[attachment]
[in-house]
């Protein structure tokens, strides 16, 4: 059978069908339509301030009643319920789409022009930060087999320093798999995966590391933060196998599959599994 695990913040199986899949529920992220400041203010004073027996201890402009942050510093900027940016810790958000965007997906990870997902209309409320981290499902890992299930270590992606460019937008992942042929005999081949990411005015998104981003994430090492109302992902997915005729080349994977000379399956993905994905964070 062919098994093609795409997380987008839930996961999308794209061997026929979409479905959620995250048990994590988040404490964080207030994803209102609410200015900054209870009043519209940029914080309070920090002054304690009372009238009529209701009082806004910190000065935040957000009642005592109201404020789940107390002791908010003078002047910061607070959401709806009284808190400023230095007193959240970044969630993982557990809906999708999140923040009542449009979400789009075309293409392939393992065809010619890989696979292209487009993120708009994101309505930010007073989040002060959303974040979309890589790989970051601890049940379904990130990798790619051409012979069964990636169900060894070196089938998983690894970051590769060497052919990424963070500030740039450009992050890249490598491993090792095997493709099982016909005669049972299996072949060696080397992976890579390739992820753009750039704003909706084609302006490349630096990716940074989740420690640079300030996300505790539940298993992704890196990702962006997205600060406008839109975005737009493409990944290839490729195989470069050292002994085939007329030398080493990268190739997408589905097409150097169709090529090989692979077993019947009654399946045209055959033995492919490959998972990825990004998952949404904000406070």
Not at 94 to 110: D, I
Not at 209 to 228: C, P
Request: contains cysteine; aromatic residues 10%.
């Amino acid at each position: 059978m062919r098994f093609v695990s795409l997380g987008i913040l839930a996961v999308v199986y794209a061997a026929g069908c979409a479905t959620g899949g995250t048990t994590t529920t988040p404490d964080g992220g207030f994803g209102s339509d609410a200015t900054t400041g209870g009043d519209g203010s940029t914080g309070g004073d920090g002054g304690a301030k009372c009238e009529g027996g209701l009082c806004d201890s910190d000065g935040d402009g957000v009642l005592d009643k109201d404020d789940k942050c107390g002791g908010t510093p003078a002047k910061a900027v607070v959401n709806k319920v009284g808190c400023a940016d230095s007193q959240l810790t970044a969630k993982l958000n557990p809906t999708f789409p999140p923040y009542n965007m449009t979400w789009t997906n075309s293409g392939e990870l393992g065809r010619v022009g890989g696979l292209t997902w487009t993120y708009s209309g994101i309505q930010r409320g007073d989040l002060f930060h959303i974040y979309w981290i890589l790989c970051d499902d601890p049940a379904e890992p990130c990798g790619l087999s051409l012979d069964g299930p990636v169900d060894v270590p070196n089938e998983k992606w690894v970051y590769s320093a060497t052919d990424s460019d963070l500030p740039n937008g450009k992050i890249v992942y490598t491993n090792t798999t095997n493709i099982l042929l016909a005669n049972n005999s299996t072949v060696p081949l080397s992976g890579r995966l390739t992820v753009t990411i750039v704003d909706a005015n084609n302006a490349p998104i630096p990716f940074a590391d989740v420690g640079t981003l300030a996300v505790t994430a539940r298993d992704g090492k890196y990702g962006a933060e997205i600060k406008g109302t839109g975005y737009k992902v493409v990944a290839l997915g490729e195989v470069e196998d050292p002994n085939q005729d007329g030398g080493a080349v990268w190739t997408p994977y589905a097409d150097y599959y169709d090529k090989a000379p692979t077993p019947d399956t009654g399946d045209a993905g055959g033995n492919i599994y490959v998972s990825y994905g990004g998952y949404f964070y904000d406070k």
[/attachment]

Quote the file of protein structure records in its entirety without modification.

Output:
[in-house]
């Protein structure tokens, strides 16, 4: 059978069908339509301030009643319920789409022009930060087999320093798999995966590391933060196998599959599994 695990913040199986899949529920992220400041203010004073027996201890402009942050510093900027940016810790958000965007997906990870997902209309409320981290499902890992299930270590992606460019937008992942042929005999081949990411005015998104981003994430090492109302992902997915005729080349994977000379399956993905994905964070 062919098994093609795409997380987008839930996961999308794209061997026929979409479905959620995250048990994590988040404490964080207030994803209102609410200015900054209870009043519209940029914080309070920090002054304690009372009238009529209701009082806004910190000065935040957000009642005592109201404020789940107390002791908010003078002047910061607070959401709806009284808190400023230095007193959240970044969630993982557990809906999708999140923040009542449009979400789009075309293409392939393992065809010619890989696979292209487009993120708009994101309505930010007073989040002060959303974040979309890589790989970051601890049940379904990130990798790619051409012979069964990636169900060894070196089938998983690894970051590769060497052919990424963070500030740039450009992050890249490598491993090792095997493709099982016909005669049972299996072949060696080397992976890579390739992820753009750039704003909706084609302006490349630096990716940074989740420690640079300030996300505790539940298993992704890196990702962006997205600060406008839109975005737009493409990944290839490729195989470069050292002994085939007329030398080493990268190739997408589905097409150097169709090529090989692979077993019947009654399946045209055959033995492919490959998972990825990004998952949404904000406070």
Not at 94 to 110: D, I
Not at 209 to 228: C, P
Request: contains cysteine; aromatic residues 10%.
């Amino acid at each position: 059978m062919r098994f093609v695990s795409l997380g987008i913040l839930a996961v999308v199986y794209a061997a026929g069908c979409a479905t959620g899949g995250t048990t994590t529920t988040p404490d964080g992220g207030f994803g209102s339509d609410a200015t900054t400041g209870g009043d519209g203010s940029t914080g309070g004073d920090g002054g304690a301030k009372c009238e009529g027996g209701l009082c806004d201890s910190d000065g935040d402009g957000v009642l005592d009643k109201d404020d789940k942050c107390g002791g908010t510093p003078a002047k910061a900027v607070v959401n709806k319920v009284g808190c400023a940016d230095s007193q959240l810790t970044a969630k993982l958000n557990p809906t999708f789409p999140p923040y009542n965007m449009t979400w789009t997906n075309s293409g392939e990870l393992g065809r010619v022009g890989g696979l292209t997902w487009t993120y708009s209309g994101i309505q930010r409320g007073d989040l002060f930060h959303i974040y979309w981290i890589l790989c970051d499902d601890p049940a379904e890992p990130c990798g790619l087999s051409l012979d069964g299930p990636v169900d060894v270590p070196n089938e998983k992606w690894v970051y590769s320093a060497t052919d990424s460019d963070l500030p740039n937008g450009k992050i890249v992942y490598t491993n090792t798999t095997n493709i099982l042929l016909a005669n049972n005999s299996t072949v060696p081949l080397s992976g890579r995966l390739t992820v753009t990411i750039v704003d909706a005015n084609n302006a490349p998104i630096p990716f940074a590391d989740v420690g640079t981003l300030a996300v505790t994430a539940r298993d992704g090492k890196y990702g962006a933060e997205i600060k406008g109302t839109g975005y737009k992902v493409v990944a290839l997915g490729e195989v470069e196998d050292p002994n085939q005729d007329g030398g080493a080349v990268w190739t997408p994977y589905a097409d150097y599959y169709d090529k090989a000379p692979t077993p019947d399956t009654g399946d045209a993905g055959g033995n492919i599994y490959v998972s990825y994905g990004g998952y949404f964070y904000d406070k």